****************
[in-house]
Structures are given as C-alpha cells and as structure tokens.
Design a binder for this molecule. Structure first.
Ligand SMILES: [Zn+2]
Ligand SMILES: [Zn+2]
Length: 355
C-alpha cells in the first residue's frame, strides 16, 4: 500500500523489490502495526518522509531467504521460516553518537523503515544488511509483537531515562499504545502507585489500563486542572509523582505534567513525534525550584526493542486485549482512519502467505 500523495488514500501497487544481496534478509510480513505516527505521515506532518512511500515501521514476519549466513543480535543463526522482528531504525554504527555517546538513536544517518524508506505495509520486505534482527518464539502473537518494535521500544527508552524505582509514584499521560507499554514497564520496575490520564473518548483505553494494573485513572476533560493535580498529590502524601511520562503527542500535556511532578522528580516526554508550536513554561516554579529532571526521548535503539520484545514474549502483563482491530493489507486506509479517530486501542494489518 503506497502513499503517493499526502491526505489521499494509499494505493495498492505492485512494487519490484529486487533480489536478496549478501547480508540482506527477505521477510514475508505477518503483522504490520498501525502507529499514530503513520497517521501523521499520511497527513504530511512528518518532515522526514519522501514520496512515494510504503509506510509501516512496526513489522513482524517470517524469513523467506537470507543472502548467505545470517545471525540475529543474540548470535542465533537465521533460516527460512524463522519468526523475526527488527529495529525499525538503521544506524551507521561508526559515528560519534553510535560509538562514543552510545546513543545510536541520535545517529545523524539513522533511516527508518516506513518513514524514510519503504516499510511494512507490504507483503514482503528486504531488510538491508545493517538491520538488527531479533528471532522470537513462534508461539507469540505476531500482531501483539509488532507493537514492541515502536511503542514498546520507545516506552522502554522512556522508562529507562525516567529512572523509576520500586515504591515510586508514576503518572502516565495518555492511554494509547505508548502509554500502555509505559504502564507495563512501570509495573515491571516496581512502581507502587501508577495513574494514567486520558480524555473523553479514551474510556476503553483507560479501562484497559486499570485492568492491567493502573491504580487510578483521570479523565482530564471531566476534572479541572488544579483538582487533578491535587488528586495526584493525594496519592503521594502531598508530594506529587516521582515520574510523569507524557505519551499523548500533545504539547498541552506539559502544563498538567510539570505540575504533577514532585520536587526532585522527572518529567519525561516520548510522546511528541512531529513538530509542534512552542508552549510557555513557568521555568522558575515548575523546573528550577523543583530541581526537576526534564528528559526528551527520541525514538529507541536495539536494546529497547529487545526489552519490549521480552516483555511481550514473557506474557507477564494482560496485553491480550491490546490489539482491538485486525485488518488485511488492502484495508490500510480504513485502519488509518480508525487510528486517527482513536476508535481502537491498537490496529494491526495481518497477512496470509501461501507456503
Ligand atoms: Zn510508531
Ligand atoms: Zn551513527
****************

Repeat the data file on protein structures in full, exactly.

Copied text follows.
[in-house]
Structures are given as C-alpha cells and as structure tokens.
Design a binder for this molecule. Structure first.
Ligand SMILES: [Zn+2]
Ligand SMILES: [Zn+2]
Length: 355
C-alpha cells in the first residue's frame, strides 16, 4: 500500500523489490502495526518522509531467504521460516553518537523503515544488511509483537531515562499504545502507585489500563486542572509523582505534567513525534525550584526493542486485549482512519502467505 500523495488514500501497487544481496534478509510480513505516527505521515506532518512511500515501521514476519549466513543480535543463526522482528531504525554504527555517546538513536544517518524508506505495509520486505534482527518464539502473537518494535521500544527508552524505582509514584499521560507499554514497564520496575490520564473518548483505553494494573485513572476533560493535580498529590502524601511520562503527542500535556511532578522528580516526554508550536513554561516554579529532571526521548535503539520484545514474549502483563482491530493489507486506509479517530486501542494489518 503506497502513499503517493499526502491526505489521499494509499494505493495498492505492485512494487519490484529486487533480489536478496549478501547480508540482506527477505521477510514475508505477518503483522504490520498501525502507529499514530503513520497517521501523521499520511497527513504530511512528518518532515522526514519522501514520496512515494510504503509506510509501516512496526513489522513482524517470517524469513523467506537470507543472502548467505545470517545471525540475529543474540548470535542465533537465521533460516527460512524463522519468526523475526527488527529495529525499525538503521544506524551507521561508526559515528560519534553510535560509538562514543552510545546513543545510536541520535545517529545523524539513522533511516527508518516506513518513514524514510519503504516499510511494512507490504507483503514482503528486504531488510538491508545493517538491520538488527531479533528471532522470537513462534508461539507469540505476531500482531501483539509488532507493537514492541515502536511503542514498546520507545516506552522502554522512556522508562529507562525516567529512572523509576520500586515504591515510586508514576503518572502516565495518555492511554494509547505508548502509554500502555509505559504502564507495563512501570509495573515491571516496581512502581507502587501508577495513574494514567486520558480524555473523553479514551474510556476503553483507560479501562484497559486499570485492568492491567493502573491504580487510578483521570479523565482530564471531566476534572479541572488544579483538582487533578491535587488528586495526584493525594496519592503521594502531598508530594506529587516521582515520574510523569507524557505519551499523548500533545504539547498541552506539559502544563498538567510539570505540575504533577514532585520536587526532585522527572518529567519525561516520548510522546511528541512531529513538530509542534512552542508552549510557555513557568521555568522558575515548575523546573528550577523543583530541581526537576526534564528528559526528551527520541525514538529507541536495539536494546529497547529487545526489552519490549521480552516483555511481550514473557506474557507477564494482560496485553491480550491490546490489539482491538485486525485488518488485511488492502484495508490500510480504513485502519488509518480508525487510528486517527482513536476508535481502537491498537490496529494491526495481518497477512496470509501461501507456503
Ligand atoms: Zn510508531
Ligand atoms: Zn551513527